At the Alpenbahnhof station train compositions are arranged and put together. Most of the vehicles are parked without any housing. Just 6 locomotives 1099 may be parked in the loco house. 6 further units are parked outside. In August 2003 they were not in use because of outdated maintenance cycles, as machinists told.  
  Behind the loco house some maintenance area is located. There I could take a picture of the 1099.002 body. It was painted using a bit different colour tone and looked good. The corresponding chassis units I did not recognize anywhere. The loco has relief style number plates and the former OeBB flying wheel logo.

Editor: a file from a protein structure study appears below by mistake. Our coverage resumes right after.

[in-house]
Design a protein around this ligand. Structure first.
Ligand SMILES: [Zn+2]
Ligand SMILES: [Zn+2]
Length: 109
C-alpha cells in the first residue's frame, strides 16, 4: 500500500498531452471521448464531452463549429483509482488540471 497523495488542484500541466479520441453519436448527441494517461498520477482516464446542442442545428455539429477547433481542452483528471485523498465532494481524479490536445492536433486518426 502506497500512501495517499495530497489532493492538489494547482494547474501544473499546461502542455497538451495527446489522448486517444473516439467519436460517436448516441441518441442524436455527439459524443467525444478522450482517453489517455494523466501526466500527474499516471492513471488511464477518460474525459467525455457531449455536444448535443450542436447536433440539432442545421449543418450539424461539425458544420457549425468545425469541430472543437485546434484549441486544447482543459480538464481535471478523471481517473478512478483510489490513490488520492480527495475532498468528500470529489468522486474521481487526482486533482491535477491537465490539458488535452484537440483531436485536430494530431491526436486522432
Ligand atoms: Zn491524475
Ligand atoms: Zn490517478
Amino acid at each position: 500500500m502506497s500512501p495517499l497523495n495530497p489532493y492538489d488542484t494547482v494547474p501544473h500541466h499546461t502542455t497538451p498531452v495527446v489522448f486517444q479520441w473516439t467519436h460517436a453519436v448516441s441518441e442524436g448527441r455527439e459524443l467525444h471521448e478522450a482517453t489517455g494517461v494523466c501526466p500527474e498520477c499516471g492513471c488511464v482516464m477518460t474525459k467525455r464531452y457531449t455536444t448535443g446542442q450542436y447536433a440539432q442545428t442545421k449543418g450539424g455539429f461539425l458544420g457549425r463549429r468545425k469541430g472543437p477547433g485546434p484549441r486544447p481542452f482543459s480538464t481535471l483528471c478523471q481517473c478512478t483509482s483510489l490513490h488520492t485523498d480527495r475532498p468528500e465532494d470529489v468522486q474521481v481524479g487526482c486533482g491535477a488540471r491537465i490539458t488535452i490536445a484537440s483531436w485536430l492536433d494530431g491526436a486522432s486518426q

The 1099.007 is the only engine which is painted regarding a completely different colour scheme. It is parked within the loco house with some damaged driving rod unit. The small insert image shows the bent rod. (top of page)  
  At the Ober Grafendorf station I recognized this motor vehicle. The mobile was delivered by the company Plasser & Theurer in 1986 and is marked as X 627.951. It is dedicated for line maintenance works but can also be used as driving vehicle for snow-blowers and plough units.  

At the Hofstetten-Gruenau station this painting of some unknown artist is presented. It shows the Klausgraben viaduct, which is the only one with just two arches. It's some type of Mariazellerbahn self advertisement.

  At the Tradigist station I could take a picture of another Mariazellerbahn motor vehicle. The X 629.901 was delivered in 1993 by Plasser & Theurer and pushes some class 91.200 gravel waggon. (top of page)